“As the transport arm of the Midlands Engine, Midlands Connect has a clear goal: to drive economic growth in the Midlands by securing investment which better connects our towns and cities with each other, the rest of the country and the world at large.

Midlands Connect believes better transport links will allow the region to create more jobs, improve the quality of life of its 11 million residents and compete on the international stage.

From the Welsh borders to the Lincolnshire coast, Midlands Connect’s aim is to speak with one voice, for the good of the region we all love. Because when the Midlands succeeds, the UK succeeds.”

Sir John Peace, Chairman of Midlands Connect and Midlands Engine


“TfEM brings together the nine local transport authorities in the East Midlands, providing collective leadership on strategic transport issues for the region. TfEM works to identify the transport priorities that will improve the region’s economy and wellbeing of its people and to influence key delivery bodies.

In doing so, TfEM is working with Midlands Connect to increase the level of national spending on transport in the East Midlands from a low level towards the average for England as a whole.”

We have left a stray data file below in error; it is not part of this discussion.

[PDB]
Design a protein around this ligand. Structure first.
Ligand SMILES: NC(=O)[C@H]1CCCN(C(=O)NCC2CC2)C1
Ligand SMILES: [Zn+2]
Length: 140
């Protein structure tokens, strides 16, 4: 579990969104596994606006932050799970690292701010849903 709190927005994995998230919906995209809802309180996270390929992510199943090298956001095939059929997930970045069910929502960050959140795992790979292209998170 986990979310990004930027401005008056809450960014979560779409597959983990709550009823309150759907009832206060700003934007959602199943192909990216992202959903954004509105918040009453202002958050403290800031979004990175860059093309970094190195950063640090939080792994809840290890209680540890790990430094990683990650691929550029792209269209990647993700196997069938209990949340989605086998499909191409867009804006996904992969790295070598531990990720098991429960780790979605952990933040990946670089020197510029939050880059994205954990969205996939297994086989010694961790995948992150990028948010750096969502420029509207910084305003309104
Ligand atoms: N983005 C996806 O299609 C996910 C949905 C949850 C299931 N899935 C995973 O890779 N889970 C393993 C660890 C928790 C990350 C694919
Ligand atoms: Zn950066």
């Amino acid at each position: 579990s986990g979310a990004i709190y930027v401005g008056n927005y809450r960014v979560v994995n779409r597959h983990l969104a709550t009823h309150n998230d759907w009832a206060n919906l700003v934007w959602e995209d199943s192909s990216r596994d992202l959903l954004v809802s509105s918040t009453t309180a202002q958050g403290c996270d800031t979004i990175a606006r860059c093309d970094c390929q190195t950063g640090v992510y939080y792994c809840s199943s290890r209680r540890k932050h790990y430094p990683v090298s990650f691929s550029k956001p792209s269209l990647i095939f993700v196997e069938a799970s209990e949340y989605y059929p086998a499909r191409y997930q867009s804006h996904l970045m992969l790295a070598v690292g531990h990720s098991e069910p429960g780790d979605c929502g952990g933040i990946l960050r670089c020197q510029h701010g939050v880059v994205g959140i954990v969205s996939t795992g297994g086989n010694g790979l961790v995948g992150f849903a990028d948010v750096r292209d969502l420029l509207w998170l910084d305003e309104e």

Sir Peter Soulsby, TfEM Chair & City Mayor of Leicester


Together, TfEM and Midlands Connect can transform connectivity and accelerate growth across the East Midlands.

Midlands Connect’s landmark strategy offers immediate, early solutions as well as long-term transformational ideas to revolutionise transport in the Midlands, especially East-West connectivity, and helps raise productivity at least to the national average.

TfEM is developing complementary proposals to further boost the regional economic benefits.

Together, we can help achieve the Midlands Engine’s aim of adding £54 billion to the economy by 2030.

But our influence can grow further. Midlands Connect is forging ahead to become a statutory Sub-National Transport Body, which would give the partnership legal status and give unprecedented regional influence over major government investment decisions. TfEM is developing proposals for a key role in the management of the East Midlands rail franchise.

We can achieve more in partnership. And the more support we have, the more we can speak with a unified voice to get the best deal for the Midlands.